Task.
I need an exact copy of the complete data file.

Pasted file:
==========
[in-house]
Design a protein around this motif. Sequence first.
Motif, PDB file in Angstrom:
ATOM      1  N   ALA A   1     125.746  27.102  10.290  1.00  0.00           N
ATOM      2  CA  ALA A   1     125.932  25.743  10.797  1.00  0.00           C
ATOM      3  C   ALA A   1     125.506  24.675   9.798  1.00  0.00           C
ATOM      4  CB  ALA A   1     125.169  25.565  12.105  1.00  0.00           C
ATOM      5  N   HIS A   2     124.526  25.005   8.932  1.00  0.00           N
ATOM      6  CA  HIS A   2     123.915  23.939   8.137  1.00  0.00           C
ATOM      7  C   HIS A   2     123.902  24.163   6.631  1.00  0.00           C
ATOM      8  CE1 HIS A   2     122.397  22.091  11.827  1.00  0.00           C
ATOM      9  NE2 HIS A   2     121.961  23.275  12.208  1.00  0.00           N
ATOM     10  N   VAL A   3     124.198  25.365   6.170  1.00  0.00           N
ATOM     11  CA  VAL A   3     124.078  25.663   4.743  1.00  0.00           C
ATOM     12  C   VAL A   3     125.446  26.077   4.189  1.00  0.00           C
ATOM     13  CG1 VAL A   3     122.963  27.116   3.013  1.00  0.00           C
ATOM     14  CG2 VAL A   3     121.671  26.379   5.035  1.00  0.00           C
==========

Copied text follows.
[in-house]
Design a protein around this motif. Sequence first.
Motif, PDB file in Angstrom:
ATOM      1  N   ALA A   1     125.746  27.102  10.290  1.00  0.00           N
ATOM      2  CA  ALA A   1     125.932  25.743  10.797  1.00  0.00           C
ATOM      3  C   ALA A   1     125.506  24.675   9.798  1.00  0.00           C
ATOM      4  CB  ALA A   1     125.169  25.565  12.105  1.00  0.00           C
ATOM      5  N   HIS A   2     124.526  25.005   8.932  1.00  0.00           N
ATOM      6  CA  HIS A   2     123.915  23.939   8.137  1.00  0.00           C
ATOM      7  C   HIS A   2     123.902  24.163   6.631  1.00  0.00           C
ATOM      8  CE1 HIS A   2     122.397  22.091  11.827  1.00  0.00           C
ATOM      9  NE2 HIS A   2     121.961  23.275  12.208  1.00  0.00           N
ATOM     10  N   VAL A   3     124.198  25.365   6.170  1.00  0.00           N
ATOM     11  CA  VAL A   3     124.078  25.663   4.743  1.00  0.00           C
ATOM     12  C   VAL A   3     125.446  26.077   4.189  1.00  0.00           C
ATOM     13  CG1 VAL A   3     122.963  27.116   3.013  1.00  0.00           C
ATOM     14  CG2 VAL A   3     121.671  26.379   5.035  1.00  0.00           C